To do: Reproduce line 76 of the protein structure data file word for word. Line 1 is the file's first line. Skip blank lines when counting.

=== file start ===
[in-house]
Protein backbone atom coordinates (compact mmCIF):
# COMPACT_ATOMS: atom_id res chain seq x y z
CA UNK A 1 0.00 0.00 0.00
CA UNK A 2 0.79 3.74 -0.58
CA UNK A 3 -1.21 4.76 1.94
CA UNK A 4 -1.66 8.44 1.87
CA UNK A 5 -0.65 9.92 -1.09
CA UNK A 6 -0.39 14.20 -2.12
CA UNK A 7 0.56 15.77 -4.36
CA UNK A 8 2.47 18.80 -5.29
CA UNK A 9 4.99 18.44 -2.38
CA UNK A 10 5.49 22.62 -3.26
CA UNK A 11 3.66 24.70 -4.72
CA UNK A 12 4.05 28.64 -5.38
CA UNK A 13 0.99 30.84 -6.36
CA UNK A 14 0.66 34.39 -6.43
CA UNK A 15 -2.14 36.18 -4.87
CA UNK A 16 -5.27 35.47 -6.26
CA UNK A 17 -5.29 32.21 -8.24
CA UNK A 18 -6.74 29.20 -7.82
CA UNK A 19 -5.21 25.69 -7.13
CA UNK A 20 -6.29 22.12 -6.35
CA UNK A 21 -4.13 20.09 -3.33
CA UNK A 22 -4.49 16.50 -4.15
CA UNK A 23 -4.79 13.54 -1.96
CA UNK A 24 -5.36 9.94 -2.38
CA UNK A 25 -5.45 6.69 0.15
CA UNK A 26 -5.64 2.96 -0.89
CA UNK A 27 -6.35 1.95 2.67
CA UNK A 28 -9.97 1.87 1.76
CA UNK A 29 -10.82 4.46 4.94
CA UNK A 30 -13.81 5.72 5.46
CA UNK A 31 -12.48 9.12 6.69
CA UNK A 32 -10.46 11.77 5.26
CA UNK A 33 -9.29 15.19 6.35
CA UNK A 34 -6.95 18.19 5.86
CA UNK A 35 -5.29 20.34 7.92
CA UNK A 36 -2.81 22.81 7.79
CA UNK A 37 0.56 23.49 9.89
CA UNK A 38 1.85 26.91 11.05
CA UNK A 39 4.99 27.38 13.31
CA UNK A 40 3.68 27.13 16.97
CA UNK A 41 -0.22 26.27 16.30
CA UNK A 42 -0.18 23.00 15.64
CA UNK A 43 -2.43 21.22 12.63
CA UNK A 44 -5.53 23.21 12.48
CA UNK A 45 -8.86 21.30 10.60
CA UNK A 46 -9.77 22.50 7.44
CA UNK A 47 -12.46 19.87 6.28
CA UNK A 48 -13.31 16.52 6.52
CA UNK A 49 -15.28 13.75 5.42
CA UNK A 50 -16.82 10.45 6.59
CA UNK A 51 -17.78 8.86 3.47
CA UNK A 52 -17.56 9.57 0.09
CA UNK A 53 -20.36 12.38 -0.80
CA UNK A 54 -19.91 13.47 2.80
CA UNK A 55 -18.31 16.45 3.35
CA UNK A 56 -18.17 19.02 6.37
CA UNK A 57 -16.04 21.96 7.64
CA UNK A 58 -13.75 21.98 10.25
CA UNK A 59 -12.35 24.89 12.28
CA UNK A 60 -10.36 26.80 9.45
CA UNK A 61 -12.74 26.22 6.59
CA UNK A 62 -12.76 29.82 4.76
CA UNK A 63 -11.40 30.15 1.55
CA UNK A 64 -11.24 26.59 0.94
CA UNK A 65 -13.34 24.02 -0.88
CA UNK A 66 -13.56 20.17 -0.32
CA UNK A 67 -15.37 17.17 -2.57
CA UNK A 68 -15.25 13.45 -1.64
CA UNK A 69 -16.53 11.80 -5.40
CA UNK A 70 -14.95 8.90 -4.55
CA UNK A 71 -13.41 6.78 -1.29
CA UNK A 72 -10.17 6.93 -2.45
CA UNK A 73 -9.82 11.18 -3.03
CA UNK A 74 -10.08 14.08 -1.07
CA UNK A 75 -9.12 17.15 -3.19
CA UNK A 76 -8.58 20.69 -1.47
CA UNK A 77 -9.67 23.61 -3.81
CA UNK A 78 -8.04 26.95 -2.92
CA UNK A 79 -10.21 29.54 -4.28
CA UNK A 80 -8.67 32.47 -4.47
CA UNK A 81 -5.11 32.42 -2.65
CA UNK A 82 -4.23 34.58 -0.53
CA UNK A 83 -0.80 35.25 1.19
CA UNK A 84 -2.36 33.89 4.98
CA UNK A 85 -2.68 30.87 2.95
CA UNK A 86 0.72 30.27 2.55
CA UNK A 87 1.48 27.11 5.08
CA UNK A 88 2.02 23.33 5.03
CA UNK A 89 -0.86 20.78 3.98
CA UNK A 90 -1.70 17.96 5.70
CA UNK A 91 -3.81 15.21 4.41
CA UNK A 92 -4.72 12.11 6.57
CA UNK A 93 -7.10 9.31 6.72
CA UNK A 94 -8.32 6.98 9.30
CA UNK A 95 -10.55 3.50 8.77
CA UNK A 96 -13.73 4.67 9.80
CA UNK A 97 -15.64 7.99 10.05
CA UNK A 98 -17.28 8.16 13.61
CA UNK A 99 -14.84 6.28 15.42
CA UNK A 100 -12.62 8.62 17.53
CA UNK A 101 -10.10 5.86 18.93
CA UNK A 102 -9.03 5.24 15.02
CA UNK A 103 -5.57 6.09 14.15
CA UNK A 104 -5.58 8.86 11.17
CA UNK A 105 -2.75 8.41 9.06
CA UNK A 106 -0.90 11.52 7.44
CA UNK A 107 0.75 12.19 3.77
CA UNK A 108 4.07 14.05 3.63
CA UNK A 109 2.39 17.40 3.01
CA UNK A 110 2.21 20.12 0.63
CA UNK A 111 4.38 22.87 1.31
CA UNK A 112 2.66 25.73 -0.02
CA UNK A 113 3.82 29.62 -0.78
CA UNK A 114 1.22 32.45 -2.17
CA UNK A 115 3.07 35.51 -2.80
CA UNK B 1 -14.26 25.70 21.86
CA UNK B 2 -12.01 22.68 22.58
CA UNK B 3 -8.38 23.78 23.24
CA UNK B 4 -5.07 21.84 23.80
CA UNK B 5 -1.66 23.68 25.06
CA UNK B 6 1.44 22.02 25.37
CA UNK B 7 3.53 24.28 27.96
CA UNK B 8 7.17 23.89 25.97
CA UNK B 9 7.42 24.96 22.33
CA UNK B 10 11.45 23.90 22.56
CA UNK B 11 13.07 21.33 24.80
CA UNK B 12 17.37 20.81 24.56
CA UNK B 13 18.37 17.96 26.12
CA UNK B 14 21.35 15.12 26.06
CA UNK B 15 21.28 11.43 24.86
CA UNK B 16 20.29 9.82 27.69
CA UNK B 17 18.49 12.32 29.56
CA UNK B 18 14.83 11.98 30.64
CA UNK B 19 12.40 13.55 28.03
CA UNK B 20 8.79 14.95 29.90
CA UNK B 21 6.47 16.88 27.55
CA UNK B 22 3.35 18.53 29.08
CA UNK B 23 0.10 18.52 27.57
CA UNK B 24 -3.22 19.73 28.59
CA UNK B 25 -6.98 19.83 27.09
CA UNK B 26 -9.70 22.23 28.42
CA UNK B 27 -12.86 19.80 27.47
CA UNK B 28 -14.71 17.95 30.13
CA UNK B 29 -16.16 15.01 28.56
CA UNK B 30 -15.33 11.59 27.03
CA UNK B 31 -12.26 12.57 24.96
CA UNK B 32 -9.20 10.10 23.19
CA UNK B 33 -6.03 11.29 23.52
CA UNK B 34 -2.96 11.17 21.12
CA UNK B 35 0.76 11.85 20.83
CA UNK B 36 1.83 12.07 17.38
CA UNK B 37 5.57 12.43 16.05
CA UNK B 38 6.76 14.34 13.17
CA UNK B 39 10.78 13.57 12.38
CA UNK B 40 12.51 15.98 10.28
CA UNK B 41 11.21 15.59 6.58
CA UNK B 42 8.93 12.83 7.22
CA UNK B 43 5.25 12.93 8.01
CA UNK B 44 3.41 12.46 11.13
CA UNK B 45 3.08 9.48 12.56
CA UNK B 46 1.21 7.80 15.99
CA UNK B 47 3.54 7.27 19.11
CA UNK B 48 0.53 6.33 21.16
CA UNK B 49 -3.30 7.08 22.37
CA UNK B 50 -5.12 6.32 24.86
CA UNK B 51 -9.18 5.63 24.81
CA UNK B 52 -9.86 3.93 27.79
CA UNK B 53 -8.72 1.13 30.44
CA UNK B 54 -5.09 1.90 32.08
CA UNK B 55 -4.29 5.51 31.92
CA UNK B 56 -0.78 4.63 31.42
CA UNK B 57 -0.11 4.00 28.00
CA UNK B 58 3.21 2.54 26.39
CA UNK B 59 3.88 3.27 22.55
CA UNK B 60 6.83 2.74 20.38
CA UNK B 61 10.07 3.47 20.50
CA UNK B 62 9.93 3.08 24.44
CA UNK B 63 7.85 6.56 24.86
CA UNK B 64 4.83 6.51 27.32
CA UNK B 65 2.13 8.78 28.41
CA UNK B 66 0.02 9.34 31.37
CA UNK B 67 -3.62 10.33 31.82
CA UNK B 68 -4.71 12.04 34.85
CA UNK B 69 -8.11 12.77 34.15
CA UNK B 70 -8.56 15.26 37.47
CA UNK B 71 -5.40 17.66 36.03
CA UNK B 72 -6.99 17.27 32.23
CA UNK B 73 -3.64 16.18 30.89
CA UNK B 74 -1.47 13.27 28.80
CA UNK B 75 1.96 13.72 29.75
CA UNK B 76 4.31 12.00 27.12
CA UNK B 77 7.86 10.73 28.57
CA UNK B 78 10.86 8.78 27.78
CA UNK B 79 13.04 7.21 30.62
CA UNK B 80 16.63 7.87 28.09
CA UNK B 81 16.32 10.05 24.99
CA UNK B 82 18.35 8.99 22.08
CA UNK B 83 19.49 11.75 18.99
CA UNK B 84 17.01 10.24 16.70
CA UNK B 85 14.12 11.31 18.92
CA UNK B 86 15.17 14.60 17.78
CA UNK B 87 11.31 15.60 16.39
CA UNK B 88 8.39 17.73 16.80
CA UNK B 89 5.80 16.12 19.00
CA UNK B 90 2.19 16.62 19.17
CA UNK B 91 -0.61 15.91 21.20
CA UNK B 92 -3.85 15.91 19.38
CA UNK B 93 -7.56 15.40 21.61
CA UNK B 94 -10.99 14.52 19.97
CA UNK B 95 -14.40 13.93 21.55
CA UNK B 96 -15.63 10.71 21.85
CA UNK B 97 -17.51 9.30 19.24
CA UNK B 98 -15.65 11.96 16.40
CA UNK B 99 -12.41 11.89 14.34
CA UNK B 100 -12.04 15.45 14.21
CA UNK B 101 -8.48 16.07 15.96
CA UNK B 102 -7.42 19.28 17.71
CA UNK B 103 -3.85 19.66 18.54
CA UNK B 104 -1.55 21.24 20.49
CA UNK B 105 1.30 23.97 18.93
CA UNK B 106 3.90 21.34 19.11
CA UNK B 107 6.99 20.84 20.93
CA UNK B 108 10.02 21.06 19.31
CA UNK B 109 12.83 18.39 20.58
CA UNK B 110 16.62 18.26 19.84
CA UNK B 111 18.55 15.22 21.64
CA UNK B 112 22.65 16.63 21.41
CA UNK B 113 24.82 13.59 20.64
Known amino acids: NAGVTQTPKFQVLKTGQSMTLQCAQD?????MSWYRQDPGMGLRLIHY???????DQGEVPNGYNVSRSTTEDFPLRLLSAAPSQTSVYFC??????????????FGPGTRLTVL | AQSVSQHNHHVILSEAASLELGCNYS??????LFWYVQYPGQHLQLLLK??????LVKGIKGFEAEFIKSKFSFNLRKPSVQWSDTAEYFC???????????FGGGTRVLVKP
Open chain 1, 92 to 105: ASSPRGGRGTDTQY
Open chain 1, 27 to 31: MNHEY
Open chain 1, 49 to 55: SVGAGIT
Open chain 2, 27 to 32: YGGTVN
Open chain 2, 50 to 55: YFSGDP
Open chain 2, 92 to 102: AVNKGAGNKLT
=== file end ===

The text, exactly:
CA UNK A 73 -9.82 11.18 -3.03